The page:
Sports and Subways Just Go Together

In New York City, mass transit goes with sports venues like, well, Cracker Jack and hot dogs go with baseball. The latest example is the opening of the sparkling, new Atlantic Avenue-Barclays Center Station entrance in Downtown Brooklyn. The entrance will serve customers of nine subway lines and is located just steps away from the new arena, making it a convenient link for all headed to the bustling venue.

The new entrance is situated at the intersection of Flatbush and Atlantic Avenues and with a clean design, gleaming tile and expansive mezzanine, is a fitting gateway to the new sports arena. Served by the MTA's subways, buses and the Long Island Rail Road, the new arena will be easy to reach from anywhere in the region.

For obvious reasons, the thinking that situates stadiums and arenas adjacent to mass transit is not new. From the beginning of the 19th Century through today, there is no safer and more efficient way to move large crowds to and from events than mass transit.

From the mid-1930s to the mid-1950s, the Ninth Avenue Elevated and IND Concourse subway lines carried New York Giants baseball fans headed to the Polo Grounds at Manhattan's Coogan's Bluff. Both lines had stops at 155th Street and Eighth Avenue.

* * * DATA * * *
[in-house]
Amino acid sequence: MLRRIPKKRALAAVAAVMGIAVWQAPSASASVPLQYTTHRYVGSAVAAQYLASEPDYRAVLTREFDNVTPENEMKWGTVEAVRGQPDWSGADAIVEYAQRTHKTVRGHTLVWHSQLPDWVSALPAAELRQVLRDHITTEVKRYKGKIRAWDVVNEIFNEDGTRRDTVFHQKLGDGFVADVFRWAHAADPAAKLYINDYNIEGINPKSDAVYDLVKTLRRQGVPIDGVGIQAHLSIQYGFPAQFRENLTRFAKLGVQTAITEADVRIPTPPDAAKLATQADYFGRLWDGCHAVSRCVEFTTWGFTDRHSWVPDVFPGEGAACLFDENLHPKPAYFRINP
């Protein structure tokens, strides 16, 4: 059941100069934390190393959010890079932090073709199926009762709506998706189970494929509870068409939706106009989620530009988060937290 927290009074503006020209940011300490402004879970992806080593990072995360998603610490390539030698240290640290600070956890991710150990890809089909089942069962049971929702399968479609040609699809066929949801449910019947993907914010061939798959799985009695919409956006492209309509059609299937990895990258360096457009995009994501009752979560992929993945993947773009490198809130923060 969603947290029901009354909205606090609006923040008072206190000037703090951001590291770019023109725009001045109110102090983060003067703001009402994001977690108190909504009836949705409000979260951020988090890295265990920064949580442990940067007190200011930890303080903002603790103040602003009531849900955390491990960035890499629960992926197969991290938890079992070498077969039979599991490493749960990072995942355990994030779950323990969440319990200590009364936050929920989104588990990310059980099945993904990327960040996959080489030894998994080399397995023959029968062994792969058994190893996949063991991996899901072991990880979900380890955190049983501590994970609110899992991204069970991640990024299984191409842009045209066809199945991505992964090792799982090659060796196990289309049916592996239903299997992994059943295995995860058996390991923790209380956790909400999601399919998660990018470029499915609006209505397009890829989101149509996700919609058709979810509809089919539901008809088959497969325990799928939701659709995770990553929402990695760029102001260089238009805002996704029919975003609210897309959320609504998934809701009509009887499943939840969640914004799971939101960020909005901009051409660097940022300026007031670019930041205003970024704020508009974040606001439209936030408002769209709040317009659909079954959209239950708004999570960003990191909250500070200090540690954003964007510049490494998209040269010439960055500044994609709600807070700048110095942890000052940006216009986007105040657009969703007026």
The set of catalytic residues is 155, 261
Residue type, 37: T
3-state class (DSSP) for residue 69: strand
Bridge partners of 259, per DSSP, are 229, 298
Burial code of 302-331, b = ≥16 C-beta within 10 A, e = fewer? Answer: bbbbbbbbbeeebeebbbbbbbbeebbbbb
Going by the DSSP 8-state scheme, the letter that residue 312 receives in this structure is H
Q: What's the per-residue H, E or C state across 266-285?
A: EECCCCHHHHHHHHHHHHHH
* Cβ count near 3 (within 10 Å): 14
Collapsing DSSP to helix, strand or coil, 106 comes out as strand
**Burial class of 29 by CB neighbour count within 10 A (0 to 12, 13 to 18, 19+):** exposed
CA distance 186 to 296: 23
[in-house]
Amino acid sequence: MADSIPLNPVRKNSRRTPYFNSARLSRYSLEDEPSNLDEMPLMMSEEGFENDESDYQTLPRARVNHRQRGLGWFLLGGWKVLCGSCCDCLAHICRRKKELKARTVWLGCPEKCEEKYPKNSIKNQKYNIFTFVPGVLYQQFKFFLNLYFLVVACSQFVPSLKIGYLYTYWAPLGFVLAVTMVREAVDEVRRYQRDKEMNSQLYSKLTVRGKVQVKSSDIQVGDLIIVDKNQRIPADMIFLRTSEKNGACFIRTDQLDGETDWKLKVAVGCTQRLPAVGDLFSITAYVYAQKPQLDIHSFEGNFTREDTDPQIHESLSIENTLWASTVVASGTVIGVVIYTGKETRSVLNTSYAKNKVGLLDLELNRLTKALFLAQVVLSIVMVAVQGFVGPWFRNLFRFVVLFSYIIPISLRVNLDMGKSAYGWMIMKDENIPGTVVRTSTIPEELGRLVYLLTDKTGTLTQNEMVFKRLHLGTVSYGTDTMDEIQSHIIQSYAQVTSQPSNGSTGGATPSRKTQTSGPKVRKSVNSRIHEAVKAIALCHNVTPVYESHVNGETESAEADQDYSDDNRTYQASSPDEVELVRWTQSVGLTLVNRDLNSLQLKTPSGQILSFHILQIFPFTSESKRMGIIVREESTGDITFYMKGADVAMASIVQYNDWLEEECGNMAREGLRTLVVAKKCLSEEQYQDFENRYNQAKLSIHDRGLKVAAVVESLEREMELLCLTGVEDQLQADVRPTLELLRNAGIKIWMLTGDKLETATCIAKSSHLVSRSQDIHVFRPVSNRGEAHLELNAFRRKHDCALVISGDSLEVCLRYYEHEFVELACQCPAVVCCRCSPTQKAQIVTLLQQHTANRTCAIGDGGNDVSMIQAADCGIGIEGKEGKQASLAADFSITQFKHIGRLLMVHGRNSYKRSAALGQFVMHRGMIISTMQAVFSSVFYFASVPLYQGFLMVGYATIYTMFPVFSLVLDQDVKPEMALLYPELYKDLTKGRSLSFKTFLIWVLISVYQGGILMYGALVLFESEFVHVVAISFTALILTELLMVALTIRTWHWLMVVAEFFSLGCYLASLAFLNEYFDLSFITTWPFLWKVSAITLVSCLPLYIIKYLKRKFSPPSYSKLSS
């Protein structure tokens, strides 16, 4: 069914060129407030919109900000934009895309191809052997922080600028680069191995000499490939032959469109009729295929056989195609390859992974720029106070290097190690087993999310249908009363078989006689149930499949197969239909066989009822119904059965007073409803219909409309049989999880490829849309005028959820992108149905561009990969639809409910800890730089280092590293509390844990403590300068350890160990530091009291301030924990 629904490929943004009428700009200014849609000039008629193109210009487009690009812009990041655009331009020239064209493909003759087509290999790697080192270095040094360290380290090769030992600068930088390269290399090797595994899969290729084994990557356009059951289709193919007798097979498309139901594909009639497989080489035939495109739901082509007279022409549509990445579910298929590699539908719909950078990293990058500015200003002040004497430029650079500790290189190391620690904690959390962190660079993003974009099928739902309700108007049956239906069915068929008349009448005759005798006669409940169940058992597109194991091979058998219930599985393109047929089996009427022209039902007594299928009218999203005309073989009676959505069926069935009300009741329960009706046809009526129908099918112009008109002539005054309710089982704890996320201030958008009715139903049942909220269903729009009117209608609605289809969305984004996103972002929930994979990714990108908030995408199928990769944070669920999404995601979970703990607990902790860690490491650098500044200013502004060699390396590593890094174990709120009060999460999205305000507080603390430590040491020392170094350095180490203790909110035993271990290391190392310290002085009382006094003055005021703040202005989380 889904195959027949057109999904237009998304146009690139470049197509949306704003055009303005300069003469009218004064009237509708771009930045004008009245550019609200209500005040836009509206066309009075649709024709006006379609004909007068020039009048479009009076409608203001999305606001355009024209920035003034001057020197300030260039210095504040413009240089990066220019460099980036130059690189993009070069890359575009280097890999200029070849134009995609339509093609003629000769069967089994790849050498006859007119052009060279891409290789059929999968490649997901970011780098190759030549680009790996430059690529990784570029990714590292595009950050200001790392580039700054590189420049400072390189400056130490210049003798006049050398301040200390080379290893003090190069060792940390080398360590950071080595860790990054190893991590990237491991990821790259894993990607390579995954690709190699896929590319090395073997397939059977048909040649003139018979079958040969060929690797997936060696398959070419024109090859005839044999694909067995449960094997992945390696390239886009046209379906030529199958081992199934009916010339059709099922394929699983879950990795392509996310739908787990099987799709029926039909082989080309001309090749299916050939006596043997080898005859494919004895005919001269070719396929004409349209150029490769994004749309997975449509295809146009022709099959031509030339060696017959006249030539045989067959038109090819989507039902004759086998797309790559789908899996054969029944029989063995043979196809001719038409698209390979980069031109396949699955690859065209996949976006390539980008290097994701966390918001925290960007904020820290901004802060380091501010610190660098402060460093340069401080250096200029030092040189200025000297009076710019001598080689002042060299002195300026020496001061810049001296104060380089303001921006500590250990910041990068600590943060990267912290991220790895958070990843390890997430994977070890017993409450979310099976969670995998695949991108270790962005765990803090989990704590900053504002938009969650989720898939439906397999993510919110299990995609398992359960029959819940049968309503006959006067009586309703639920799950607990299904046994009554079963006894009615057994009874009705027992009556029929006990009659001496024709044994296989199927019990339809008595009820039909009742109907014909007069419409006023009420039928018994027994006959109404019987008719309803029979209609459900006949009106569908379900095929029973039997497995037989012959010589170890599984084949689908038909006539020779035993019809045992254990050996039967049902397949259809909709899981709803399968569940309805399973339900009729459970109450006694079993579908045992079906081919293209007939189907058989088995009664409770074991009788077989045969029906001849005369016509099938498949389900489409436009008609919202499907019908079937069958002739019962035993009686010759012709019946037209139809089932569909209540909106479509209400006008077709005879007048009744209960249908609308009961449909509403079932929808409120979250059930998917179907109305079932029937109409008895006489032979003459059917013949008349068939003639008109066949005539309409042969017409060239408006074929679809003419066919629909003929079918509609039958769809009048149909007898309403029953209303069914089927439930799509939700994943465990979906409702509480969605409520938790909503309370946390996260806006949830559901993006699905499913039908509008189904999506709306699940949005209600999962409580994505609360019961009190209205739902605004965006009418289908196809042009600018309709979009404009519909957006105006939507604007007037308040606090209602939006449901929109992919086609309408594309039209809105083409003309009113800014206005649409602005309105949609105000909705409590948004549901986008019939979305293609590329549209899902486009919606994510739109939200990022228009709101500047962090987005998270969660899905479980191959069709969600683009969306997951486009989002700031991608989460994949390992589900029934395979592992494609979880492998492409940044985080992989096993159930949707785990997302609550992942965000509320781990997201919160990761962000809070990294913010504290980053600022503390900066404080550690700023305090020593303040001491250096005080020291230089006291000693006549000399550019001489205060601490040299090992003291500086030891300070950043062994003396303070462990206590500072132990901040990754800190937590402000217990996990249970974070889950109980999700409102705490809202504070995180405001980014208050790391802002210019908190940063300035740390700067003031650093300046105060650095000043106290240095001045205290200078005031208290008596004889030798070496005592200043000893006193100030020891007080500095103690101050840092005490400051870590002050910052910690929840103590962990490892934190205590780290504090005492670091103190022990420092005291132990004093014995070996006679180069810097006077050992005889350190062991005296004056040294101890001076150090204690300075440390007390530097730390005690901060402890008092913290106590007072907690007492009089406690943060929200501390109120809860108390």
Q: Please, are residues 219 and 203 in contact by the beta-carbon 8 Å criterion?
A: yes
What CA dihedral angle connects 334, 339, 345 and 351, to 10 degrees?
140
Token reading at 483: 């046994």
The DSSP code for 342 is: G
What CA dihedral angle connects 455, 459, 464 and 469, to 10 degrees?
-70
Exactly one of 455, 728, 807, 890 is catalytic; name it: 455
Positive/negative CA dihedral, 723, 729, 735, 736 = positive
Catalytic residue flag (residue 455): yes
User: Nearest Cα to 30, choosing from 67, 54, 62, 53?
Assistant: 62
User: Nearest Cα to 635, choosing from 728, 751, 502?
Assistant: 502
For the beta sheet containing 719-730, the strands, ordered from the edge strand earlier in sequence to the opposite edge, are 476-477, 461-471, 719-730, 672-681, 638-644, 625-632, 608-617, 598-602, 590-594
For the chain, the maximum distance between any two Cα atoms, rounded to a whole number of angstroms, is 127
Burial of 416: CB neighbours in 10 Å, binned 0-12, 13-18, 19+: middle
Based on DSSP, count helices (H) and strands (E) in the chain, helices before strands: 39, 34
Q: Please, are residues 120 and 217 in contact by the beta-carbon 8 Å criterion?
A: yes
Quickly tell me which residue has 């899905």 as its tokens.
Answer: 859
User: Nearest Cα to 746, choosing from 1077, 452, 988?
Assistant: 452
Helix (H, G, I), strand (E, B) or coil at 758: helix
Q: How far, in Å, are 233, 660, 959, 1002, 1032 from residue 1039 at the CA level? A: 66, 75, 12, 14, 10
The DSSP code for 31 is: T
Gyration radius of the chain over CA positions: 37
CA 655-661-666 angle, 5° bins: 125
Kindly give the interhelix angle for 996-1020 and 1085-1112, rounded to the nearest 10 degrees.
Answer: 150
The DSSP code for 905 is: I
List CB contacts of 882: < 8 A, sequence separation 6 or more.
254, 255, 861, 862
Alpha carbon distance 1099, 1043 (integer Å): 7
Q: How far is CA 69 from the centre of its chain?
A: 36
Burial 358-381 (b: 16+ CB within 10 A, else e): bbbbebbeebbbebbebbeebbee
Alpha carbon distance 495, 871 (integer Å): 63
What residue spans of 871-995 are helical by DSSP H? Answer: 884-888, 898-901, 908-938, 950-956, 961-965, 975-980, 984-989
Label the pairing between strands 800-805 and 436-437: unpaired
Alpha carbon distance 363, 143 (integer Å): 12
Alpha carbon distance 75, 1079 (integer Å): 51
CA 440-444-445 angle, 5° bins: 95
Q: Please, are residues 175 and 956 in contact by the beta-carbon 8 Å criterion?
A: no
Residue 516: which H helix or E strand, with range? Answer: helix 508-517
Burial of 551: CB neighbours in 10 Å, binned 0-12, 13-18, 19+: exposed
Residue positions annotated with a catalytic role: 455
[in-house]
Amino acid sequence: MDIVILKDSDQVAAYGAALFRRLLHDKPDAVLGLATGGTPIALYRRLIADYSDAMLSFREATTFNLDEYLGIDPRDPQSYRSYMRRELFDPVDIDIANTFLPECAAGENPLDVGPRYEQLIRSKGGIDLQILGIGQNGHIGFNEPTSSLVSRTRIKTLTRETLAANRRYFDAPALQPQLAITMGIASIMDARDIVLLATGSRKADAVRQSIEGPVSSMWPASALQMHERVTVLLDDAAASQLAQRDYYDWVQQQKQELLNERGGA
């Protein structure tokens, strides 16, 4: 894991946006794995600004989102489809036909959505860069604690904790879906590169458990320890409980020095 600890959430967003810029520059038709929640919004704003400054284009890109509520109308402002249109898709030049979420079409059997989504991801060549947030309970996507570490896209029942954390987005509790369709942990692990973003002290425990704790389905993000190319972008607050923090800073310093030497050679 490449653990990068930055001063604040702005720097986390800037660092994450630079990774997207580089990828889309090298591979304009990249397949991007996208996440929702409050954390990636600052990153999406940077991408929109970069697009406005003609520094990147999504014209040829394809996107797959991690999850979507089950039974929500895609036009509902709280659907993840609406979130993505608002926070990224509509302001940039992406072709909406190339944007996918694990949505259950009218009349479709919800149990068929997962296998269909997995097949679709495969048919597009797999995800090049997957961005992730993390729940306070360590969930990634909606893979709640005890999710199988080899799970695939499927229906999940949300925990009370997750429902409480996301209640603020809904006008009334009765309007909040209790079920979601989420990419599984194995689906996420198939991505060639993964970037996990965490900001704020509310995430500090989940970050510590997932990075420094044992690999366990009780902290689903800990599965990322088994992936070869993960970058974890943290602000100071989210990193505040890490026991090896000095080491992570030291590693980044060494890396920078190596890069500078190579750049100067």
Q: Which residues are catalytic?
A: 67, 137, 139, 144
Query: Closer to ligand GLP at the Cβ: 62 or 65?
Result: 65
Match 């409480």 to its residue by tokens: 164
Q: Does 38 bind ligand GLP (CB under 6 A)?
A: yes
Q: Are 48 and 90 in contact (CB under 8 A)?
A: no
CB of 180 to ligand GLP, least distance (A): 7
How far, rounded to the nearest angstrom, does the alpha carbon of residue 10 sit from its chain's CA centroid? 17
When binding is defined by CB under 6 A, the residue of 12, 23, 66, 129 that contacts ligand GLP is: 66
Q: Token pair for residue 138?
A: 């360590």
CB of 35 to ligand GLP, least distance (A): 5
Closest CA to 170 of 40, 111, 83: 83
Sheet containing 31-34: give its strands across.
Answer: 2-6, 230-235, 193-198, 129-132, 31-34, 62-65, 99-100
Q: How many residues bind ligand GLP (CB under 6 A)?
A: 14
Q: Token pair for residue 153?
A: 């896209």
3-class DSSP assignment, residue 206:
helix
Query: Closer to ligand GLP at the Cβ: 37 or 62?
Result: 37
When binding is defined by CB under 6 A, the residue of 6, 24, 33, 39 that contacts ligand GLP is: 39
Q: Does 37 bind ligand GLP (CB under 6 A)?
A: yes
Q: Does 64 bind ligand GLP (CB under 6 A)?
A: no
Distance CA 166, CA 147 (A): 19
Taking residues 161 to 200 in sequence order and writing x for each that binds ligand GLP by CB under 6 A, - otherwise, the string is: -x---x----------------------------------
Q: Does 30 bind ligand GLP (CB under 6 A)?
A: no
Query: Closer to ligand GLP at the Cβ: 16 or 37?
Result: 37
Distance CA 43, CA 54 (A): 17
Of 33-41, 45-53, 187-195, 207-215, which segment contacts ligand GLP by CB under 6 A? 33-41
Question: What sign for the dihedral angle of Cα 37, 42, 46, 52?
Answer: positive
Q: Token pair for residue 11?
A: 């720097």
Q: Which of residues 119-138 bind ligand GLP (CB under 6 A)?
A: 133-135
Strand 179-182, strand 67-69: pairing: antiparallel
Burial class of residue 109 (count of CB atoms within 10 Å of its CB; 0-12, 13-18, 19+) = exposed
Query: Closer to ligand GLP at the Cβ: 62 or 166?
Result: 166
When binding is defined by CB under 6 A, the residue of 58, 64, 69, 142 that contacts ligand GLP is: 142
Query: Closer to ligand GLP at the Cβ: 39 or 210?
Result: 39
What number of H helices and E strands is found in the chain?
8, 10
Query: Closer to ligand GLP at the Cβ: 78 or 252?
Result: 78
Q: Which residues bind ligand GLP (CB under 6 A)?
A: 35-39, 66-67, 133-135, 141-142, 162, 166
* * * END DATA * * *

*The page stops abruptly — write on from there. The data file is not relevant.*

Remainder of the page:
Later, Shea Stadium and now Citi Field were both in the shadow of the Flushing Line elevated structure and right next to the Long Island Rail Road (LIRR). Famously, until 1957, the Brooklyn (trolley) Dodgers played their home games at Ebbets Field, just blocks away and a pleasant summer's walk from the Brighton Line's Prospect Park Station.

In the Bronx, Yankee fans trek to the Stadium on the subway via the Jerome Line and the Concourse Line and Metro North Railroad. In fact, the old stadium was so close to the Manhattan-bound elevated platforms, you could see the field.

Driving to Knicks and Rangers home games at Madison Square Garden? Forget about it! Customers are well served by the Seventh and Eighth Avenue Lines, the LIRR and NJ Transit. If it happens to be raining, you won't even get wet.

Using mass transit is the easiest way to travel to and from games and major events. The MTA is the acknowledged expert in getting folks to the games and back home again. After major events, additional train service is scheduled to help move crowds quickly and efficiently.

It looks like the Atlantic Avenue-Barclays Center Station is going to be the beginning of a fresh take on a very old New York City tradition.